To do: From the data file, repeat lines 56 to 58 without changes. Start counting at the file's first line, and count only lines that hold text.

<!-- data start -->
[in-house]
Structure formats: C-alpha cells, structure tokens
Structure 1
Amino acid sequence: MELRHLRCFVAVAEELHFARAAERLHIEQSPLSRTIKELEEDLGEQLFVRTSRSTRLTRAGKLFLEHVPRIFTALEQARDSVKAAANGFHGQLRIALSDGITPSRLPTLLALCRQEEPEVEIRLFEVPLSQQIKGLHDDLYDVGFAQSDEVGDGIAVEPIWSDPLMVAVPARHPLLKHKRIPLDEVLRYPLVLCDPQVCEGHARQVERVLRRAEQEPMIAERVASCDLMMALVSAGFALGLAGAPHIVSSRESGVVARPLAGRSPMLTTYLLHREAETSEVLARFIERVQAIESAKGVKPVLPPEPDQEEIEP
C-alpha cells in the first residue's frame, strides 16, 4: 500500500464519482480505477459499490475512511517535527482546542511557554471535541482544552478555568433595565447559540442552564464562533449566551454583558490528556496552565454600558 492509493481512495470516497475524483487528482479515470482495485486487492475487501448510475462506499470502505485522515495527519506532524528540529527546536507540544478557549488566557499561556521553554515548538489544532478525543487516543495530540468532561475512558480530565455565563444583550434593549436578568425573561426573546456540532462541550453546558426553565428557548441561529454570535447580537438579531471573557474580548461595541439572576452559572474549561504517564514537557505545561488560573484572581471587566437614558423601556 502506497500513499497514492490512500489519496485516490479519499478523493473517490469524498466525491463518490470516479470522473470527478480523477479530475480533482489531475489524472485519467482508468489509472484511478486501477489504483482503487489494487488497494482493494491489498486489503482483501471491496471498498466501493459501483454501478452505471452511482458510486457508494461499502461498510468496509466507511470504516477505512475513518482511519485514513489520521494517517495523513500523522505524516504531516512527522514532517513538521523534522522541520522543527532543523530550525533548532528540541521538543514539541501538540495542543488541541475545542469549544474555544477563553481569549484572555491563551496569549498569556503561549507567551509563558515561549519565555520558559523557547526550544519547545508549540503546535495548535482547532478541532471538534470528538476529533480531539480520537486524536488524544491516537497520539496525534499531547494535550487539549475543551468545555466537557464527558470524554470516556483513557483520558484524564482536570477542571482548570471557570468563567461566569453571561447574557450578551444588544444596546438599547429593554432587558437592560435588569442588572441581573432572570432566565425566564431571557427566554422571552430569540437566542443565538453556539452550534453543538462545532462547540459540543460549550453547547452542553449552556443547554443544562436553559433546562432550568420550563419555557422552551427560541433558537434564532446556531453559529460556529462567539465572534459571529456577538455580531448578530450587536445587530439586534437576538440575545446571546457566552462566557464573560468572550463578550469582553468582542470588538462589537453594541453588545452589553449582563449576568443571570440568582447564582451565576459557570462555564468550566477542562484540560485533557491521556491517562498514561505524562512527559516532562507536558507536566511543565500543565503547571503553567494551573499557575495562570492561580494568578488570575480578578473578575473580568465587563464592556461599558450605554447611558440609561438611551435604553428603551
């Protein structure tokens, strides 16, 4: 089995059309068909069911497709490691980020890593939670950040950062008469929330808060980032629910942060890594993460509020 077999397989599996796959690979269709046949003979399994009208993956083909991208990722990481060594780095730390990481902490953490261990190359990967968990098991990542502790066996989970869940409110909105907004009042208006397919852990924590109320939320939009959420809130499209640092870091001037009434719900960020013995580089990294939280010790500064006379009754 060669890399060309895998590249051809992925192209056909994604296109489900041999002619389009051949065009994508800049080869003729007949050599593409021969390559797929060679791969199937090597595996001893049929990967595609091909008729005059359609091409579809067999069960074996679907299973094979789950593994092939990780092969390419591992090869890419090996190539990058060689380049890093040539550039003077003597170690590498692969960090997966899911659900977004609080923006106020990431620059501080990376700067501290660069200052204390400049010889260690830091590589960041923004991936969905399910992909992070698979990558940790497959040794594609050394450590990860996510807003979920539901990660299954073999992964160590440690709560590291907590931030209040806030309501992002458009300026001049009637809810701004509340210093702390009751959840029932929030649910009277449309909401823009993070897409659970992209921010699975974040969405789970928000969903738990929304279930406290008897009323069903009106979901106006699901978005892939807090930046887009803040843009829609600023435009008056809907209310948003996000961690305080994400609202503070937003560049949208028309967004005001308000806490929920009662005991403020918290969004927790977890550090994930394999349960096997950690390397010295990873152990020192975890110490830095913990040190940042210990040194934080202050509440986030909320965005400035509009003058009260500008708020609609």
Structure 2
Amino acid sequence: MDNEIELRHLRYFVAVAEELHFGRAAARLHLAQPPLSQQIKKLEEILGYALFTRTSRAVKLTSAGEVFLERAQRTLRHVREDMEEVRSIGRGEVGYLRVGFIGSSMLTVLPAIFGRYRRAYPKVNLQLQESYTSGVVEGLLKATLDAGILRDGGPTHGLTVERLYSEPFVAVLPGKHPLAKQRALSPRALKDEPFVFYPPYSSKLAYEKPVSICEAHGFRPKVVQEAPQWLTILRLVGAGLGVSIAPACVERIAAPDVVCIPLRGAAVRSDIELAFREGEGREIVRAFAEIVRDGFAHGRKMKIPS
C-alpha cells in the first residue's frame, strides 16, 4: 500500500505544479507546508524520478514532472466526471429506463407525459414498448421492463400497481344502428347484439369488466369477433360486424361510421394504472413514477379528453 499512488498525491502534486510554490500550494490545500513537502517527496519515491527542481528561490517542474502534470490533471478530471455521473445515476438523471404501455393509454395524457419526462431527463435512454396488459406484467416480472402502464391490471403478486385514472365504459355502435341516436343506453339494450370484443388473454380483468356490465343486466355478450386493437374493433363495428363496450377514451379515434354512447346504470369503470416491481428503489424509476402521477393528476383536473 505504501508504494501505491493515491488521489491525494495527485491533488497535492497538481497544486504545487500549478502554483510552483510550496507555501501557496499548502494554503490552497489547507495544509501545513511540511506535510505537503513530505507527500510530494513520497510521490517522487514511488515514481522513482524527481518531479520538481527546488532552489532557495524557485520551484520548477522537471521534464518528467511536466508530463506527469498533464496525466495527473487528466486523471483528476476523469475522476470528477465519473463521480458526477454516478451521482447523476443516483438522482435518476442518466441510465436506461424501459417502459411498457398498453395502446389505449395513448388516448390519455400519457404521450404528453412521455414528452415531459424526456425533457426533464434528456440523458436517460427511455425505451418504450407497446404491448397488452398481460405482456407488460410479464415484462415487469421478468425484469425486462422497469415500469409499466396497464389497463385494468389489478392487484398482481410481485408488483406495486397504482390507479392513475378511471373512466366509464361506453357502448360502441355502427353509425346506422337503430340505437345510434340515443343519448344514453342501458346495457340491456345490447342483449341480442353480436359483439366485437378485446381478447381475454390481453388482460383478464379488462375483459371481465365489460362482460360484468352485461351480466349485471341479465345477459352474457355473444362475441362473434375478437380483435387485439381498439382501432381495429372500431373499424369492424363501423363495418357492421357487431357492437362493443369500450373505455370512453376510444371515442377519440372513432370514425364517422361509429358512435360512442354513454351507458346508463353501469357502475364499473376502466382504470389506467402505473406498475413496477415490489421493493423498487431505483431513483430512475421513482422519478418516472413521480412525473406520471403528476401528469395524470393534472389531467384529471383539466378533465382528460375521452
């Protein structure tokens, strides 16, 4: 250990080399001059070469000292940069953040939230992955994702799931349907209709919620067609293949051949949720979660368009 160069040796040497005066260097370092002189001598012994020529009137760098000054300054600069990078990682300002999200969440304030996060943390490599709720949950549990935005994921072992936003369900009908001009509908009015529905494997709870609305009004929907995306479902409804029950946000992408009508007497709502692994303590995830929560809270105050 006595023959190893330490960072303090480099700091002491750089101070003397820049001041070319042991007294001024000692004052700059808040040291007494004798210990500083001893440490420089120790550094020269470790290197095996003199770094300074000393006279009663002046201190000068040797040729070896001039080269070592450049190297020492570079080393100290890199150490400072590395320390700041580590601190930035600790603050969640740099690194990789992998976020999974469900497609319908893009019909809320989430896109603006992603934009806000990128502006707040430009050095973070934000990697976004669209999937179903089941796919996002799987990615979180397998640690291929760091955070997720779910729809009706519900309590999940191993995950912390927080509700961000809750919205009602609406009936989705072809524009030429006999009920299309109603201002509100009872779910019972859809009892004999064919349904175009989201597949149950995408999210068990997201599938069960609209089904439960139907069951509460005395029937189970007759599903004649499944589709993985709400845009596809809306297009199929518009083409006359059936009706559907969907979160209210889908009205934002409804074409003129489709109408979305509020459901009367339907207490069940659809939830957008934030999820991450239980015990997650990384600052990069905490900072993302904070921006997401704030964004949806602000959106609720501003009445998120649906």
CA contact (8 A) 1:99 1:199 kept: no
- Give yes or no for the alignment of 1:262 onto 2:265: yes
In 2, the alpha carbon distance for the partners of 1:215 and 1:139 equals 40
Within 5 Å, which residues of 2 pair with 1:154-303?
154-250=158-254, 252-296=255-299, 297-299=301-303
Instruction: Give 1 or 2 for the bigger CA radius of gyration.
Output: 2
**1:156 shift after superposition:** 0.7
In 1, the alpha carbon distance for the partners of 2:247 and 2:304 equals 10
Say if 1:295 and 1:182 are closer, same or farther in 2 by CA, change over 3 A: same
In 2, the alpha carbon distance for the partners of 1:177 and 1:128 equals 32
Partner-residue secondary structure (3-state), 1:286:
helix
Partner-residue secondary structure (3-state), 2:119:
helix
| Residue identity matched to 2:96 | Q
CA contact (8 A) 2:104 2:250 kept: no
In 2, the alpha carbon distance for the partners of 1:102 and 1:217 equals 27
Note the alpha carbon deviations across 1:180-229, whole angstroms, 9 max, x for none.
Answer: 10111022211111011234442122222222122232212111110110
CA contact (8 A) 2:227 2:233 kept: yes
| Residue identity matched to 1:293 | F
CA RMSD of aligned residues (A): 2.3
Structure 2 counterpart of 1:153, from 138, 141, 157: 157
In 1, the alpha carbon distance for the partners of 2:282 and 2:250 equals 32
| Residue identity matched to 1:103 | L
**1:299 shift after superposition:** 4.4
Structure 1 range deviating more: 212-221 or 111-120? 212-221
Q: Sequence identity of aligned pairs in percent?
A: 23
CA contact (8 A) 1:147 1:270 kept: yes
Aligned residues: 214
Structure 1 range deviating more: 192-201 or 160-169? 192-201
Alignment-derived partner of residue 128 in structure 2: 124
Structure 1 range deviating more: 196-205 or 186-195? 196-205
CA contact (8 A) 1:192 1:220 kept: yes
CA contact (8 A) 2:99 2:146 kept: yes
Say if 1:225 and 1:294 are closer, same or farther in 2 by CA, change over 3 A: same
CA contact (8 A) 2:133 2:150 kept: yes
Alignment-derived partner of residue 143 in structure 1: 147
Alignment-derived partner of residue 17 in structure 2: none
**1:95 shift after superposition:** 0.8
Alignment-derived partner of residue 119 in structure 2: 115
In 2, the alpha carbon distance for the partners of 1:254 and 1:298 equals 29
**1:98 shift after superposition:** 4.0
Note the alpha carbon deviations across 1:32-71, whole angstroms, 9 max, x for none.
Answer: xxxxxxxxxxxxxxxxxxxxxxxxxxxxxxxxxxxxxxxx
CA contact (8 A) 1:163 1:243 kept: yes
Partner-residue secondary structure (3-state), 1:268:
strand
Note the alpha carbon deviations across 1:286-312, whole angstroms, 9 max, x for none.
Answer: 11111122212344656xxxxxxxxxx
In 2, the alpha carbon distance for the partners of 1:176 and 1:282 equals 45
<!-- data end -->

Note the alpha carbon deviations across 1:32-71, whole angstroms, 9 max, x for none.
Answer: xxxxxxxxxxxxxxxxxxxxxxxxxxxxxxxxxxxxxxxx
CA contact (8 A) 1:163 1:243 kept: yes